It was nearly 3 years before I felt able to consider another pregnancy. I became pregnant after a few months. However, a viability scan at 8 weeks revealed that the baby’s heart had stopped beating. Deep breath…
One more try? We both knew that if & when I became pregnant again it was going to be our last try – whatever the outcome. There was only so much of this rollercoaster we could put ourselves through. We were lucky. Despite a number of ups and downs along the way (yes, more bleeding), Wilf was born at term (and I finally got my waterbirth!). He too was and remains our precious gift. Our family was complete.
Our boys are now 12 and 8 years old. They know about their brother, Thomas, and we talk about him freely. There is a special place that we go to remember him. He is part of our family and I believe he has been a positive in our boys’ lives. He has been part of teaching them that life is a miracle (we sometimes talk about how amazing it is that the 4 of us got to be born at all!). Talking about our journey to parenthood has helped show our boys how very loved and wanted they are by their mum and dad.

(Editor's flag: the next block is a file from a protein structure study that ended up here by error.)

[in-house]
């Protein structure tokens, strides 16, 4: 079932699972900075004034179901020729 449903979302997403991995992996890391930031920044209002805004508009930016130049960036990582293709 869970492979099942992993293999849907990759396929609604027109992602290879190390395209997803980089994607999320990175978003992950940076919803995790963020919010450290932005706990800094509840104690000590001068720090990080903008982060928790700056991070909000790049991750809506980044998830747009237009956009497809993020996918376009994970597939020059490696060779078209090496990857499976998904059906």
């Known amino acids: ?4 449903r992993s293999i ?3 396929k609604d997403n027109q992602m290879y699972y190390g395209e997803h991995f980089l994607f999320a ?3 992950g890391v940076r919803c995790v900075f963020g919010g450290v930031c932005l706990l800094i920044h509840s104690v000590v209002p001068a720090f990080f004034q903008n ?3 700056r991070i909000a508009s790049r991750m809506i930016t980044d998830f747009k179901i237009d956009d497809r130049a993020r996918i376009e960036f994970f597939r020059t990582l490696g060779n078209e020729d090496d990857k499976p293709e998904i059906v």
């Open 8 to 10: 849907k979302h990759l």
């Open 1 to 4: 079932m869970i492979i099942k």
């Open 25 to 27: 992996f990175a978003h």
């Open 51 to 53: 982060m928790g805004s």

It is now over 10 years since Thomas’ birth and death. I am now able to see beyond the trauma and grief to the gifts that Thomas gave to me too. Perhaps one of greatest of these is increased empathy. Pregnancy and parenthood can challenge us in many ways – as a midwife and health visitor I try to find the time to really listen and hear parents’ stories. So many have been through such a lot on their journey to becoming parents. Stories like ours are really not unusual.
The other great gift my bumpy road to motherhood has given me is gratitude. Despite the running around we seem to do each and every day (is every family so busy?), I feel a deep sense of gratitude on a daily basis for the gift of our boys. This too is something I share with other mums who have gone on to have a child after experiencing baby loss – the palpable sense of gratitude that we got to become a mum after all. There really is no greater privilege 💛
Rebecca is a midwife, health visitor and mum. She runs Babyology Dorset & supports new parents in Bournemouth, East Dorset & Ringwood through home visits and classes.